COLORADO SPRINGS, Colo. — The 70th Recruit Class for the Colorado Springs Police Department is about to graduate, bringing 60 new officers to the force.
During the more than 25 weeks of the Police Training Academy, recruits are taught a variety of skills and topics.
“We start them out with the basics,” said Lt. Korey Hutchison, director of the academy. “The first week of the academy we go over the Constitution.”
More than 100 hours are spent just on arrest control, a skill these new officers are guaranteed to need.
“We go through basic handcuffing, how to do that safely, how to approach a person who may be unpredictable when you gain control of them,” said Officer Cassidy Harvell, a staff instructor at the academy. “We are required by Colorado POST to teach 62 hours. We here at CSPD teach over 100 hours of arrest control. We want to make sure that our police recruits when they graduate and they go out on the road are very prepared to handle confrontation.”
Harvell said effecting an arrest is one of the most dangerous things a police officer does on the job, and these new recruits have to be prepared for anything that can happen.
“You just don’t know what you’re getting when you approach someone,” Harvell said.
She said recruits are taught FBI defensive tactics and to use the least amount of force necessary to gain control of the situation.
“De-escalation is incredibly important and we do talk about that quite a bit here in the academy, that when you’re in a violent confrontation, or even just a verbal confrontation with somebody, starting off trying to verbally de-escalate the situation the best you possibly can,” she said.
Another skill these recruits are guaranteed to use is driving, and more than 50 hours are spent on that in the academy.
“We do 14 hours of lecture, which includes the basic dynamics of vehicles, conditions, psychological, physiological factors that affect that, gravity, all different kinds of topics that go with driving,” said Tracey Thompson, the lead driving instructor at the academy. “We then go out to the track for practical school.”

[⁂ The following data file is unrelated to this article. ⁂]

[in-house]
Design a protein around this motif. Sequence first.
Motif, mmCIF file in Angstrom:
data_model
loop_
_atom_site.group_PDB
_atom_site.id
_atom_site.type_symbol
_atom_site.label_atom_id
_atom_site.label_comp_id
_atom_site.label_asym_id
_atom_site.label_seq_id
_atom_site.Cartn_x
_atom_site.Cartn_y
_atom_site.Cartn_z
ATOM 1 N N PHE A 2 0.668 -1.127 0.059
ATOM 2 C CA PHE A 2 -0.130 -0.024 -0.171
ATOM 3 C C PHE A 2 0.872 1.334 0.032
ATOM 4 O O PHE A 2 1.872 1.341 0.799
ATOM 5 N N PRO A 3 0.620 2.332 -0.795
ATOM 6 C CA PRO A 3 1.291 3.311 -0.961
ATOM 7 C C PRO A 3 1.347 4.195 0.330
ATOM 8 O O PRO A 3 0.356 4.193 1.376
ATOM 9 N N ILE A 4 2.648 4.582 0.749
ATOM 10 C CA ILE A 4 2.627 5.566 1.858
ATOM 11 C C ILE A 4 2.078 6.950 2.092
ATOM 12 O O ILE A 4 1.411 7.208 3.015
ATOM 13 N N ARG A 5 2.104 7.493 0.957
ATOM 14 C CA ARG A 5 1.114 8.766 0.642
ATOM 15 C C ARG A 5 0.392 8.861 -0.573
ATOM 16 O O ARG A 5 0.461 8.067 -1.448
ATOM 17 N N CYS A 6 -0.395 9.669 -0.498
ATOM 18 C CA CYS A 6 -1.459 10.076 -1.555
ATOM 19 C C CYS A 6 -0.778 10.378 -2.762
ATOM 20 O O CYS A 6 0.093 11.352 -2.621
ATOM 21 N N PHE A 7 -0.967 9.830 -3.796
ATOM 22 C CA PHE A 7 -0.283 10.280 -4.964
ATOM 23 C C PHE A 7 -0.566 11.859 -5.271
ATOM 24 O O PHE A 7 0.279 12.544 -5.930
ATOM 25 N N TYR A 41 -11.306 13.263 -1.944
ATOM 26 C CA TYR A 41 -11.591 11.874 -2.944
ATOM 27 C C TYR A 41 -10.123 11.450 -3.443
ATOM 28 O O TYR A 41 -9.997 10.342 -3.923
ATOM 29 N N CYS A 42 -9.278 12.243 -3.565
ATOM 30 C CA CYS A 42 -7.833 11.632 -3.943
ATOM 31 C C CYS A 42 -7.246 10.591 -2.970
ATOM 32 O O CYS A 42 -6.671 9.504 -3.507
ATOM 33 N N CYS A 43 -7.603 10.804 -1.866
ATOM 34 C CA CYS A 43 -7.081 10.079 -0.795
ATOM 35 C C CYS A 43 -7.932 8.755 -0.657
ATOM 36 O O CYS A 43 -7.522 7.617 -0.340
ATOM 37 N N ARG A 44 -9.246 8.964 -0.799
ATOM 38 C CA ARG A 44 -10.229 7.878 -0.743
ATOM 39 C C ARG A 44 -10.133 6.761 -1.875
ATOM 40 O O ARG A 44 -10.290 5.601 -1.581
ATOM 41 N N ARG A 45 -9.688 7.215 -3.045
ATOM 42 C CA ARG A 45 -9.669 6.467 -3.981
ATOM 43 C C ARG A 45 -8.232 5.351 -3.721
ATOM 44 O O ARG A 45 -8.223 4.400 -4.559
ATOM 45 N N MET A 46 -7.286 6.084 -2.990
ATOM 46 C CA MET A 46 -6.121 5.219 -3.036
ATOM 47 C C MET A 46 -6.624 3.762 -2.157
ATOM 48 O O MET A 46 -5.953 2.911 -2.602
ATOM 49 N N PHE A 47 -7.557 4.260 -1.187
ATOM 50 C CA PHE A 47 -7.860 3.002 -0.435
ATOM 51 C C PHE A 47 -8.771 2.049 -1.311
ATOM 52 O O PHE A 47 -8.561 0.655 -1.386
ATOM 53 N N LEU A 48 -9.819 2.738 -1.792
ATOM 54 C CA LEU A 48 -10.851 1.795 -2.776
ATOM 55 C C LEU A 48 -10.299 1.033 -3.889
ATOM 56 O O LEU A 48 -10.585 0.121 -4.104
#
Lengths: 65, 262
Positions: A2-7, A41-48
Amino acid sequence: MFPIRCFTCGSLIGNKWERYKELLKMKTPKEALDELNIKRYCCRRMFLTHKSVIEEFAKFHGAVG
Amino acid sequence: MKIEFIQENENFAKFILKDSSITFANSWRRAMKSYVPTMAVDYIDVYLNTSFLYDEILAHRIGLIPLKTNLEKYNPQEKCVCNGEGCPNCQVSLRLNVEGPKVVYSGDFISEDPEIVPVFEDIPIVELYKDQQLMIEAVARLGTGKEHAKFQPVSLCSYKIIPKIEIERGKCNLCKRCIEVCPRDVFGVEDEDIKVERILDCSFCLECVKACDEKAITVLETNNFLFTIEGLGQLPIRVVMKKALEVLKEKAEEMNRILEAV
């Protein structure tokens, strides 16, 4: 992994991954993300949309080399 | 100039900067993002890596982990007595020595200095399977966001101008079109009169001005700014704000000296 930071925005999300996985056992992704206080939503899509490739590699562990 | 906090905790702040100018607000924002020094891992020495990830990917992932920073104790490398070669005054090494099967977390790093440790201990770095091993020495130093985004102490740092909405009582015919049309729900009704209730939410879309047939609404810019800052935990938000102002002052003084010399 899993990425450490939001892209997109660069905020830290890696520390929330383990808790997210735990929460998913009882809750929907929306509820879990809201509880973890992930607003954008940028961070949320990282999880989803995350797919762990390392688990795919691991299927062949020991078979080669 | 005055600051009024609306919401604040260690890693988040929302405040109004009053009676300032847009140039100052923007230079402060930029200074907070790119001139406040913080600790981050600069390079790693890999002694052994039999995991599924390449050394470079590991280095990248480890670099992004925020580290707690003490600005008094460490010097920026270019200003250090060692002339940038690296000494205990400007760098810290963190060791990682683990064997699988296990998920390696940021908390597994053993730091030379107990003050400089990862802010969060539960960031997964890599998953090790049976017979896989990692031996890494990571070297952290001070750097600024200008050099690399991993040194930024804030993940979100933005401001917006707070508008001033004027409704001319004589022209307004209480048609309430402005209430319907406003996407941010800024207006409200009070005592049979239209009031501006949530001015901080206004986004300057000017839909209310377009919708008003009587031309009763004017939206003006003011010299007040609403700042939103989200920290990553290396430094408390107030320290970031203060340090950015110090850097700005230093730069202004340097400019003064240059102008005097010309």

Out on the track, the recruits go through multiple stations that teach them the proper way to steer, brake, turn and more. They’re also taught to multitask and make quick decisions.
Thompson said driving is the number one liability in law enforcement because officers spend most of their time behind the wheel.
“The law enforcement driving focuses on getting you comfortable behind the wheel and also learning to multitask, concentrate on the road, driving tactics, that you learn out on the practical and in the lectures so that you’re a successful driver and you can avoid accidents,” Thompson said.
Because if the officers don’t make it to the call, neither does help.
Thompson said the public can play a big role in helping make sure everyone gets to where they need to safely.
“Pay attention to your surroundings, make sure that if you do see those lights and sirens, don’t think you can get through maybe an intersection before they can make it,” Thompson said. “Slow down, stop if you need to, safely pull over to the side, and make sure there’s enough room for us to get by.”
The 70th Recruit Class graduates Thursday.